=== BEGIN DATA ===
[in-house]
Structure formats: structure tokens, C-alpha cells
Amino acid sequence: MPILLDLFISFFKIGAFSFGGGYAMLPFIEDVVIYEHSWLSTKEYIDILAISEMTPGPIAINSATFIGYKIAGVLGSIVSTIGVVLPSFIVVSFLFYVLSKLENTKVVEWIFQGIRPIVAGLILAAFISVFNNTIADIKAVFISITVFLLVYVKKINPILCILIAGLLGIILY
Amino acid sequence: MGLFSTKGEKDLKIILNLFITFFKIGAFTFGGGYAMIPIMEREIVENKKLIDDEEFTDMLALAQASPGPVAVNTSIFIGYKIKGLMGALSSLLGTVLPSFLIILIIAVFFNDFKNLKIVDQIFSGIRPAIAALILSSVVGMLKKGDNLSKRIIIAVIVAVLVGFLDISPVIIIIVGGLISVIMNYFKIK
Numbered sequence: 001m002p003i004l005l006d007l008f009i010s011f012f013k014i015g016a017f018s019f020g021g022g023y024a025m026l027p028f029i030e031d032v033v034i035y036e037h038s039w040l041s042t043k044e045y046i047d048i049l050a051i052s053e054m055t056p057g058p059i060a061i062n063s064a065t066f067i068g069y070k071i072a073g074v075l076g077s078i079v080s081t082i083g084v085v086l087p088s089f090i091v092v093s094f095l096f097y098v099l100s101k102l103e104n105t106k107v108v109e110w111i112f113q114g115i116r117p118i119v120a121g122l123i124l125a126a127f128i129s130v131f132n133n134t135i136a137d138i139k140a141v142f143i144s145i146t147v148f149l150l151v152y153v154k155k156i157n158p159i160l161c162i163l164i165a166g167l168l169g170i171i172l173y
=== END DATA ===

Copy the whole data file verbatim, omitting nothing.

[in-house]
Structure formats: structure tokens, C-alpha cells
Amino acid sequence: MPILLDLFISFFKIGAFSFGGGYAMLPFIEDVVIYEHSWLSTKEYIDILAISEMTPGPIAINSATFIGYKIAGVLGSIVSTIGVVLPSFIVVSFLFYVLSKLENTKVVEWIFQGIRPIVAGLILAAFISVFNNTIADIKAVFISITVFLLVYVKKINPILCILIAGLLGIILY
Amino acid sequence: MGLFSTKGEKDLKIILNLFITFFKIGAFTFGGGYAMIPIMEREIVENKKLIDDEEFTDMLALAQASPGPVAVNTSIFIGYKIKGLMGALSSLLGTVLPSFLIILIIAVFFNDFKNLKIVDQIFSGIRPAIAALILSSVVGMLKKGDNLSKRIIIAVIVAVLVGFLDISPVIIIIVGGLISVIMNYFKIK
Numbered sequence: 001m002p003i004l005l006d007l008f009i010s011f012f013k014i015g016a017f018s019f020g021g022g023y024a025m026l027p028f029i030e031d032v033v034i035y036e037h038s039w040l041s042t043k044e045y046i047d048i049l050a051i052s053e054m055t056p057g058p059i060a061i062n063s064a065t066f067i068g069y070k071i072a073g074v075l076g077s078i079v080s081t082i083g084v085v086l087p088s089f090i091v092v093s094f095l096f097y098v099l100s101k102l103e104n105t106k107v108v109e110w111i112f113q114g115i116r117p118i119v120a121g122l123i124l125a126a127f128i129s130v131f132n133n134t135i136a137d138i139k140a141v142f143i144s145i146t147v148f149l150l151v152y153v154k155k156i157n158p159i160l161c162i163l164i165a166g167l168l169g170i171i172l173y